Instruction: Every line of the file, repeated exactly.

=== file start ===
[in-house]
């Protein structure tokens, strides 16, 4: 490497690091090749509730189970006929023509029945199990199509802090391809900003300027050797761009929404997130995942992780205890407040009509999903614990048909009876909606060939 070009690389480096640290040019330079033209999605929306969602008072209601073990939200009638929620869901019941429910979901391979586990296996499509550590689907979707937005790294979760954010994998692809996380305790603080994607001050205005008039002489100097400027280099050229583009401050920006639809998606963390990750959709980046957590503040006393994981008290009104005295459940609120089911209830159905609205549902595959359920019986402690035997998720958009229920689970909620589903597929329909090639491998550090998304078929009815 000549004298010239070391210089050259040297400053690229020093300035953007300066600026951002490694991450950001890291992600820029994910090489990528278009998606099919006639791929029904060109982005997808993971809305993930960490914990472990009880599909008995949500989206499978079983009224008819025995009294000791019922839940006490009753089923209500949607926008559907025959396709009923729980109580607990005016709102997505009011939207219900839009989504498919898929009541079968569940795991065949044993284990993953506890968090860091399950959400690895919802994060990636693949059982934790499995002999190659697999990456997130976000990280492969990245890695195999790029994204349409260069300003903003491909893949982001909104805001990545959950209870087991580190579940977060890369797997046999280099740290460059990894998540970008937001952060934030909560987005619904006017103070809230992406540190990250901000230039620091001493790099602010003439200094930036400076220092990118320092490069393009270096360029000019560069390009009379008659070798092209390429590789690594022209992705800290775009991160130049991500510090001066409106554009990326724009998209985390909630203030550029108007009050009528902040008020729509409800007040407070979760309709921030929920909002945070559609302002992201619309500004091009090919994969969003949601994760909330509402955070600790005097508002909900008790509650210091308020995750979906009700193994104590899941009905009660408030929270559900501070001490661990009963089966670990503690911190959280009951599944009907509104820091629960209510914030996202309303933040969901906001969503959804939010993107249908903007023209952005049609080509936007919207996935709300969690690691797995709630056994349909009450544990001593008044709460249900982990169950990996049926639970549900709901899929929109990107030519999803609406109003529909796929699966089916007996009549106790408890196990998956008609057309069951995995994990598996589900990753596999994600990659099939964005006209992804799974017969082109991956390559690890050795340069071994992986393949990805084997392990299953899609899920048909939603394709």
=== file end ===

[in-house]
């Protein structure tokens, strides 16, 4: 490497690091090749509730189970006929023509029945199990199509802090391809900003300027050797761009929404997130995942992780205890407040009509999903614990048909009876909606060939 070009690389480096640290040019330079033209999605929306969602008072209601073990939200009638929620869901019941429910979901391979586990296996499509550590689907979707937005790294979760954010994998692809996380305790603080994607001050205005008039002489100097400027280099050229583009401050920006639809998606963390990750959709980046957590503040006393994981008290009104005295459940609120089911209830159905609205549902595959359920019986402690035997998720958009229920689970909620589903597929329909090639491998550090998304078929009815 000549004298010239070391210089050259040297400053690229020093300035953007300066600026951002490694991450950001890291992600820029994910090489990528278009998606099919006639791929029904060109982005997808993971809305993930960490914990472990009880599909008995949500989206499978079983009224008819025995009294000791019922839940006490009753089923209500949607926008559907025959396709009923729980109580607990005016709102997505009011939207219900839009989504498919898929009541079968569940795991065949044993284990993953506890968090860091399950959400690895919802994060990636693949059982934790499995002999190659697999990456997130976000990280492969990245890695195999790029994204349409260069300003903003491909893949982001909104805001990545959950209870087991580190579940977060890369797997046999280099740290460059990894998540970008937001952060934030909560987005619904006017103070809230992406540190990250901000230039620091001493790099602010003439200094930036400076220092990118320092490069393009270096360029000019560069390009009379008659070798092209390429590789690594022209992705800290775009991160130049991500510090001066409106554009990326724009998209985390909630203030550029108007009050009528902040008020729509409800007040407070979760309709921030929920909002945070559609302002992201619309500004091009090919994969969003949601994760909330509402955070600790005097508002909900008790509650210091308020995750979906009700193994104590899941009905009660408030929270559900501070001490661990009963089966670990503690911190959280009951599944009907509104820091629960209510914030996202309303933040969901906001969503959804939010993107249908903007023209952005049609080509936007919207996935709300969690690691797995709630056994349909009450544990001593008044709460249900982990169950990996049926639970549900709901899929929109990107030519999803609406109003529909796929699966089916007996009549106790408890196990998956008609057309069951995995994990598996589900990753596999994600990659099939964005006209992804799974017969082109991956390559690890050795340069071994992986393949990805084997392990299953899609899920048909939603394709």